Maybe you remember seeing this Washington Post image of a man holding an RGIII ‘Hope’ poster at the 2012 NFL draft?


Or maybe you remember seeing this recent ESPN the Magazine image featuring the same man, holding the same sign, during the Seahawks playoff game?

Well that man is Eli Northrup, and he has a story to tell. Here’s what he e-mailed me:

Given the recent ESPN the Magazine cover story on Robert Griffin III comparing him and his rise to President Obama, I felt compelled to share my experience. I am the man depicted in the article, holding up the “HOPE” poster.

On April 26, 2012, I went to the Staples on 6th Avenue and Waverly Place in New York City, and printed a 3 foot by 2 foot poster of an image I had found online of Robert Griffin III.  It was a take on the Obama campaign poster, with RGIII’s smiling face in burgundy and gold above the word “HOPE.” As a die-hard Redskins fan for my entire 28-year existence, I had known defeat and despair. I had seen a parade of quarterbacks come and go in a disappointing succession. I had seen Jim Zorn. But there was something special about this young man that we were prepared to draft with the second overall pick. Though I was living in New York, I could feel the winds of change in our nation’s capital.

I brought the poster to the NFL draft that night, expecting that it would lead to some high-fives from Redskins fans, but general derision from everyone else.  However, when I got there, a funny thing happened. I was swarmed by people who wanted to take photos with me and the poster. These were not just Redskins fans, but fans of all teams — even rivals like the Giants and the Eagles (to their credit, I do not recall any Cowgirls fans approaching me). It was then that I realized that RGIII was not just a new quarterback who might help the Redskins win a few more games. He was a phenomenon.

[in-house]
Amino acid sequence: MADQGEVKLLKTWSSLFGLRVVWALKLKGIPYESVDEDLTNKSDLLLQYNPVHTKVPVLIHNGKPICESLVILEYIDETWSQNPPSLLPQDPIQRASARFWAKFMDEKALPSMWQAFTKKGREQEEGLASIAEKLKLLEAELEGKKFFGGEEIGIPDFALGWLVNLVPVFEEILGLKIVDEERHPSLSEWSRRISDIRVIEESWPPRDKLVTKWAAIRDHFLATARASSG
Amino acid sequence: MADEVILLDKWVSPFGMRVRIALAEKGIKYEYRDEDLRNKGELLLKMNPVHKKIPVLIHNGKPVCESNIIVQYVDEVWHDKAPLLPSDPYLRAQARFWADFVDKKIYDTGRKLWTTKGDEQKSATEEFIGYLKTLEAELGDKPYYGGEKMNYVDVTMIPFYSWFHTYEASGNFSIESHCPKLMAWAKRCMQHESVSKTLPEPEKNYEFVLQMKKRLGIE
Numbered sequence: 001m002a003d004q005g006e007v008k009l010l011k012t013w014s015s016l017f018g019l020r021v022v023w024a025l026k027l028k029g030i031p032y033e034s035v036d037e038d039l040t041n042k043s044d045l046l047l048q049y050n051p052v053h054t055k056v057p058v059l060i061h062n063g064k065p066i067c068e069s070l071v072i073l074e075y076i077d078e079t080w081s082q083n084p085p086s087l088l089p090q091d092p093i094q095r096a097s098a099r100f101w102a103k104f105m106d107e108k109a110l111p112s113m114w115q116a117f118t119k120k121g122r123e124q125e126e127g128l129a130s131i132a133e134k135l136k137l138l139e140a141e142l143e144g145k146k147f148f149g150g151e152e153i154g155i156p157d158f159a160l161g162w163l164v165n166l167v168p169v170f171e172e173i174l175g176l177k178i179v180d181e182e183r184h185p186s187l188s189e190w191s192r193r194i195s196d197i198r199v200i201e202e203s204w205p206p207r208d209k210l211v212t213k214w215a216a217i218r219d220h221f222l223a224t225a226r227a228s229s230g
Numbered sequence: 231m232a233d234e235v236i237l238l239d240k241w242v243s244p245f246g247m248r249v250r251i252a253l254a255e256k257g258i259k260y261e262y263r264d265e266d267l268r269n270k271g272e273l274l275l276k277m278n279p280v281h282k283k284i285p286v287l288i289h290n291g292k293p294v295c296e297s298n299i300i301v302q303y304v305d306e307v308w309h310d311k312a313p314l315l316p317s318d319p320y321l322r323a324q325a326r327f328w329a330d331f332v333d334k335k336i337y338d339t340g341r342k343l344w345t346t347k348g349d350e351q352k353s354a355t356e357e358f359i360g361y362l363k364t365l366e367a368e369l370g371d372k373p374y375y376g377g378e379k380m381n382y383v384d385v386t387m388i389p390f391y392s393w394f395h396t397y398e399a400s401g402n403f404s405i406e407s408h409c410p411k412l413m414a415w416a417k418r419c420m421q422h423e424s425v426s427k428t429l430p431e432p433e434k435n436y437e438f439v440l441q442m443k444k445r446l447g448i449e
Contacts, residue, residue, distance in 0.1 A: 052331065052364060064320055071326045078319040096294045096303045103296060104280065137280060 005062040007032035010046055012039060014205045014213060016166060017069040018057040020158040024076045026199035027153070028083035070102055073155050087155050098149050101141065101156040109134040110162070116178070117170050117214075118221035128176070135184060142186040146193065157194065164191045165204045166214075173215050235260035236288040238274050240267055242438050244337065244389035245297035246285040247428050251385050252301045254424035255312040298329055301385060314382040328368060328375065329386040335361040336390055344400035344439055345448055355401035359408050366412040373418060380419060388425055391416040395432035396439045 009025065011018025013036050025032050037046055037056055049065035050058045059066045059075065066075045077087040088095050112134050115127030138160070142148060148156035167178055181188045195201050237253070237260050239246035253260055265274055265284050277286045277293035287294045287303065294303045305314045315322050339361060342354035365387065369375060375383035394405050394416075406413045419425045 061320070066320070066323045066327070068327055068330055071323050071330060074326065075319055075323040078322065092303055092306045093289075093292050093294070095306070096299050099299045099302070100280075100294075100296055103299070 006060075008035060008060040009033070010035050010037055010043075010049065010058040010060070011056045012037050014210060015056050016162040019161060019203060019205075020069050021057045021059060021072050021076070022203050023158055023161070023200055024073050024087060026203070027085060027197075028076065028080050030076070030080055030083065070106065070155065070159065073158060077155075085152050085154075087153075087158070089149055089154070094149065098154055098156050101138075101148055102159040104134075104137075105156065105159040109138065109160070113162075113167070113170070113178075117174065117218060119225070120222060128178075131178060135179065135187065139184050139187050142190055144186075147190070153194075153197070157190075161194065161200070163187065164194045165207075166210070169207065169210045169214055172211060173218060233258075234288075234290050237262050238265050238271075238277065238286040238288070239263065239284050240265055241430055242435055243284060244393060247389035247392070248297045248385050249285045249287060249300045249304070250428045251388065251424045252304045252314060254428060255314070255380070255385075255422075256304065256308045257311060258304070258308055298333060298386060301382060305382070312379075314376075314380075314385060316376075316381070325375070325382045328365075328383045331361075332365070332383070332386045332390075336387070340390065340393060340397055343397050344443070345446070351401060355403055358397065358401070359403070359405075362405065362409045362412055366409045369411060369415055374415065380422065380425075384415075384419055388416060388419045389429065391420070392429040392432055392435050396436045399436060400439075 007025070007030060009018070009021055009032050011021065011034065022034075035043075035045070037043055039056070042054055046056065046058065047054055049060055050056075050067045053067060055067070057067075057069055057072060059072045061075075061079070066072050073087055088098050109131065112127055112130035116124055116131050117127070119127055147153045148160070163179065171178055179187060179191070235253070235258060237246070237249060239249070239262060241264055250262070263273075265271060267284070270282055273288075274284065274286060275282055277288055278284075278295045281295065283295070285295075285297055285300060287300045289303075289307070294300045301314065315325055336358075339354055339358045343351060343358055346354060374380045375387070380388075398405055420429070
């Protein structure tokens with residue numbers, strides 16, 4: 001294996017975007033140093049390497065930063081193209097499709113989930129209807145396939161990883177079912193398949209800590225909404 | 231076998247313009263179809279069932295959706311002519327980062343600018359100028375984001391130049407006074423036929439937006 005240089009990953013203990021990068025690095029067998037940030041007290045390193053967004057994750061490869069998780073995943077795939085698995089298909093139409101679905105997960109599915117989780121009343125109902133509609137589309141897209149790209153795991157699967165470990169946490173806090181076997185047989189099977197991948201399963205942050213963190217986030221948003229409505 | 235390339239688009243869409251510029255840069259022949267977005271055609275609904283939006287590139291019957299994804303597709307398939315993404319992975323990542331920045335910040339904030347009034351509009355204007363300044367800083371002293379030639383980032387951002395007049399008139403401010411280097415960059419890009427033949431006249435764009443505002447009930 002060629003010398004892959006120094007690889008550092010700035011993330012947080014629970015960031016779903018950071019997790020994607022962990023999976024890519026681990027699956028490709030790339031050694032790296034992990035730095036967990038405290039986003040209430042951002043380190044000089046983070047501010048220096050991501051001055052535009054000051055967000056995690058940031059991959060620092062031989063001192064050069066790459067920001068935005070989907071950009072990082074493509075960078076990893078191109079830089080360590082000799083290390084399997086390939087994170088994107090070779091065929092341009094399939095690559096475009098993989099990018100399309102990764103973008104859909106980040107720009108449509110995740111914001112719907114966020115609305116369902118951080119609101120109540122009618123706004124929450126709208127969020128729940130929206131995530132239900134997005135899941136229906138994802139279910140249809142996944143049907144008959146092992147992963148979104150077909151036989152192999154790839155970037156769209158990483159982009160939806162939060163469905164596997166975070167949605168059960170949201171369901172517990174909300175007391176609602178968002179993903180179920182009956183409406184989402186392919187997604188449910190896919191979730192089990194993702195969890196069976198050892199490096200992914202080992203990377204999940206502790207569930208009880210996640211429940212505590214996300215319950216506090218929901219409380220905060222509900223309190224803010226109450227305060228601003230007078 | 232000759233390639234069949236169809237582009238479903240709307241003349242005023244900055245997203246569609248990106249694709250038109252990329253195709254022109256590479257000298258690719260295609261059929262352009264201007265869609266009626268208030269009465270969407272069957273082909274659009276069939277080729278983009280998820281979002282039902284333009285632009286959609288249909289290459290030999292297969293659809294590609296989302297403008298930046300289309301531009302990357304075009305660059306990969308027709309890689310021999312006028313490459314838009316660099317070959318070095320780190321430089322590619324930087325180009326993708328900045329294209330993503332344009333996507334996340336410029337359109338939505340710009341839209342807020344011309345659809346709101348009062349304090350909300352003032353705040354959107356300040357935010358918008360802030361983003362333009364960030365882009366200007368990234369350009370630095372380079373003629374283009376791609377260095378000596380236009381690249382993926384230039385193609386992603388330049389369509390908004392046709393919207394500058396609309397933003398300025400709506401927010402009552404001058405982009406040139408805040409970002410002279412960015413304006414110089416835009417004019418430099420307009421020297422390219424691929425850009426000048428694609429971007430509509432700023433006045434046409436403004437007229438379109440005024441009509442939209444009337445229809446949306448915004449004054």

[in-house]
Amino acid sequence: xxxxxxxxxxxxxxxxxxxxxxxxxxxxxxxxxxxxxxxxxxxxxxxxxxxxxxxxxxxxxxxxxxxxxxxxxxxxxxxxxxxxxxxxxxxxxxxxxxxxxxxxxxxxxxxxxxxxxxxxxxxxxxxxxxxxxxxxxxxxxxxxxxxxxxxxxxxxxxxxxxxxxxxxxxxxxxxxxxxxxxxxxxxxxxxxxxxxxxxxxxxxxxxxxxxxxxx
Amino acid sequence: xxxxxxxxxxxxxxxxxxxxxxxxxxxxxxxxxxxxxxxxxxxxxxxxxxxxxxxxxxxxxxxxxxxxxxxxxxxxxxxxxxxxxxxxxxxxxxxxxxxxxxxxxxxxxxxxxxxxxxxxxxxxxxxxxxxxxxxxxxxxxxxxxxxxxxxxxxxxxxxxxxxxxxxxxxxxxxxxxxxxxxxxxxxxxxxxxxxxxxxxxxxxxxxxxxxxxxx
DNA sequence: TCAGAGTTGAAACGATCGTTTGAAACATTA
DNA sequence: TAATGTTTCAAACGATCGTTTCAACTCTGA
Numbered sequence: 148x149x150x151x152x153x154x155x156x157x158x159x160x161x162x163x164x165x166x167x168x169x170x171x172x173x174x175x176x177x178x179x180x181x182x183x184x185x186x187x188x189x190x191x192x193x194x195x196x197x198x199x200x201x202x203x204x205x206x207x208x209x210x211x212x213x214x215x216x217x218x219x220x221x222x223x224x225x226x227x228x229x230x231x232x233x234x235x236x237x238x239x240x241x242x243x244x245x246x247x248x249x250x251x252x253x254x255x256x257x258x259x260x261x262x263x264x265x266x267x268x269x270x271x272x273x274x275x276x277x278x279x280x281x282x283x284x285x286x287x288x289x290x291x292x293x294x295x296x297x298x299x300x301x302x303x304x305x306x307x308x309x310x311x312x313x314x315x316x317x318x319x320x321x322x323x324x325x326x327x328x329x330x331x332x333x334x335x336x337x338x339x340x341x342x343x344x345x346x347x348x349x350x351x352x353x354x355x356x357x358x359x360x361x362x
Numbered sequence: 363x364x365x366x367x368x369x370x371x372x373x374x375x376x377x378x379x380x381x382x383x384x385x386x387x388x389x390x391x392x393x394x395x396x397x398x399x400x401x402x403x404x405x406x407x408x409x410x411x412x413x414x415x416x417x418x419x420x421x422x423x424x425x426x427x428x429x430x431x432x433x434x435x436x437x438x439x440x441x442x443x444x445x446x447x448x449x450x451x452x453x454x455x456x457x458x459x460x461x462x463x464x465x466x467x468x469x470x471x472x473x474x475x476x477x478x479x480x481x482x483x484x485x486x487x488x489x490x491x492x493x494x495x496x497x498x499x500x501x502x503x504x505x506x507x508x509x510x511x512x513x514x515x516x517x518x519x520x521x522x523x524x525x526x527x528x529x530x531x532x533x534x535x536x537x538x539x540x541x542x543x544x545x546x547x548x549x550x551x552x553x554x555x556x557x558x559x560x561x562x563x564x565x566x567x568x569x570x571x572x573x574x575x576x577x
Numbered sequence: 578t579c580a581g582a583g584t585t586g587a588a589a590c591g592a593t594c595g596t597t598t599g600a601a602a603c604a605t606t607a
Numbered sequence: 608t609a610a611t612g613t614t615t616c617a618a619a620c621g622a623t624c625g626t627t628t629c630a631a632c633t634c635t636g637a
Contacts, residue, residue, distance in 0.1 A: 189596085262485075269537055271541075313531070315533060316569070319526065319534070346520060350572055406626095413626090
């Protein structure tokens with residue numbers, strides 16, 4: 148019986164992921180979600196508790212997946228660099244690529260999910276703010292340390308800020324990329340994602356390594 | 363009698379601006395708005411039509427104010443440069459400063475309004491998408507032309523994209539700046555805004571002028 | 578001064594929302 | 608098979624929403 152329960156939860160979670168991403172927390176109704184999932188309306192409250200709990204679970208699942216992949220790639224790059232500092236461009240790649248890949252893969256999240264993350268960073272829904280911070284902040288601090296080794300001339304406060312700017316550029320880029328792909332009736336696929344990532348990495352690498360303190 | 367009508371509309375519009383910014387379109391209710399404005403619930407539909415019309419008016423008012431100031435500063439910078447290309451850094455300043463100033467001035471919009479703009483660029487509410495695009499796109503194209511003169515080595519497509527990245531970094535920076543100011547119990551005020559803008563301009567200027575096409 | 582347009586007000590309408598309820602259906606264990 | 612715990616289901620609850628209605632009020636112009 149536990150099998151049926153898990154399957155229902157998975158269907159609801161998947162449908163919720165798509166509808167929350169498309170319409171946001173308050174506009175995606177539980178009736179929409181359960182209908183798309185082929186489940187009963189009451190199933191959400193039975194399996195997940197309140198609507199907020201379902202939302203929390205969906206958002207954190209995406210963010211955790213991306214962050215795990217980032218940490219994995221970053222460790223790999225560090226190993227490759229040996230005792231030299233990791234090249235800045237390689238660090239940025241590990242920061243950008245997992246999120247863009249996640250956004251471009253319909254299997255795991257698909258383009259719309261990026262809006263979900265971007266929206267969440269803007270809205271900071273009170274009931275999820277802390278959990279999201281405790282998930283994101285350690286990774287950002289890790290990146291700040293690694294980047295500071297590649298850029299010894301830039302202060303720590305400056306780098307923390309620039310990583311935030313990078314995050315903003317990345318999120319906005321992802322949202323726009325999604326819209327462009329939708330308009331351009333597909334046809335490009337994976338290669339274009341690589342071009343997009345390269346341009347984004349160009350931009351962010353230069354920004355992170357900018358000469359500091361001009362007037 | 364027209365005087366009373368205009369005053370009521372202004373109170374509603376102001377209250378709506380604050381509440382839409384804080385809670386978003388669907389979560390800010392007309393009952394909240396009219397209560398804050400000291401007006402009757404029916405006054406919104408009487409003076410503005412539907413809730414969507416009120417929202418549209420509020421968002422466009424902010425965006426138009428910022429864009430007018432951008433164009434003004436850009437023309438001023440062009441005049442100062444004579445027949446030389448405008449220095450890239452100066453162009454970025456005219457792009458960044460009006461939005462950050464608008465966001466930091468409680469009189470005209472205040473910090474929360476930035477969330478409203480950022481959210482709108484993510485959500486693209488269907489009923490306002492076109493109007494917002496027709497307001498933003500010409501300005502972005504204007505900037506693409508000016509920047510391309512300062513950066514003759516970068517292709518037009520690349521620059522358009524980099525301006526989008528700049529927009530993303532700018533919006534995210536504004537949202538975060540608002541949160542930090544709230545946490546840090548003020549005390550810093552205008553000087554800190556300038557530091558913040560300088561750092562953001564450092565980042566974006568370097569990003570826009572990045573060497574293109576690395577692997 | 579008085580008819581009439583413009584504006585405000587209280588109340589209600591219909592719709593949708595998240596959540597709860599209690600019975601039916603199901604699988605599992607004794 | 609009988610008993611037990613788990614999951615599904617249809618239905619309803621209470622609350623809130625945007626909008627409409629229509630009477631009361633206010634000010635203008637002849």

When the Redskins got on the clock with the second pick, the Skins fans in attendance started a resounding “Yes we can” chant. Because of the poster, I was moved down to the VIP section, right in front of the Radio City stage. When Robert’s name was called I was screaming so hard that I almost fainted. I think I saw RGIII salute me. He was ours.

In the afterglow, I met a few of RGIII’s family members. I have a photo of a woman I was told was his grandmother holding up the “HOPE” poster. I was also approached and photographed by numerous members of the media. The image ended up in the Washington Post and, among other places. The Redskins representatives at the draft gave me a cup full of M&Ms with Redskins logos on them. It was my happiest moment as a Redskins fan; unsurprisingly, it took place during the offseason.

Fast forward to January 6, 2013. The Redskins were hosting the Seattle Seahawks in our first home playoff game since 2000 1999. Though I live in New York City, I knew I needed to attend. The “HOPE” poster, which had been sitting in my childhood bedroom at my parents’ house in Bethesda for the intervening months, was coming with me. For me, it was a symbolic gesture more than anything — the draft had been the alpha; the playoffs, the omega.

I managed to find great seats for the game, right behind the Redskins endzone. Again, numerous photos were taken of me holding up the poster. It appeared on the Washington Post’s website, as well as Sports Illustrated and now in latest issue of ESPN the Magazine.

Looking back on it now, however, I don’t know that the “HOPE” poster captured the sentiment of Redskins nation on that January day the way it had at the draft eight months earlier. In that short time, RGIII had put the franchise squarely on his back and given us one of the greatest seasons in Washington sports history. He dazzled us from the beginning — a dominant performance in his first NFL game against the Saints; the electrifying 76-yard run to beat the Vikings; the two crucial victories over the Cowboys. He was a dream come true.

And because of this, by the time the playoffs rolled around, Redskins fans no longer felt Hope. Instead, we felt Belief. RGIII had made us believe in our team for the first time in as long as I can remember. Even after his knee gave out on the decimated FedEx Field turf and we walked away with a first-round playoff loss, we continue to believe in RGIII. The “HOPE” poster will be retired.

Eli Northrup

New York, NY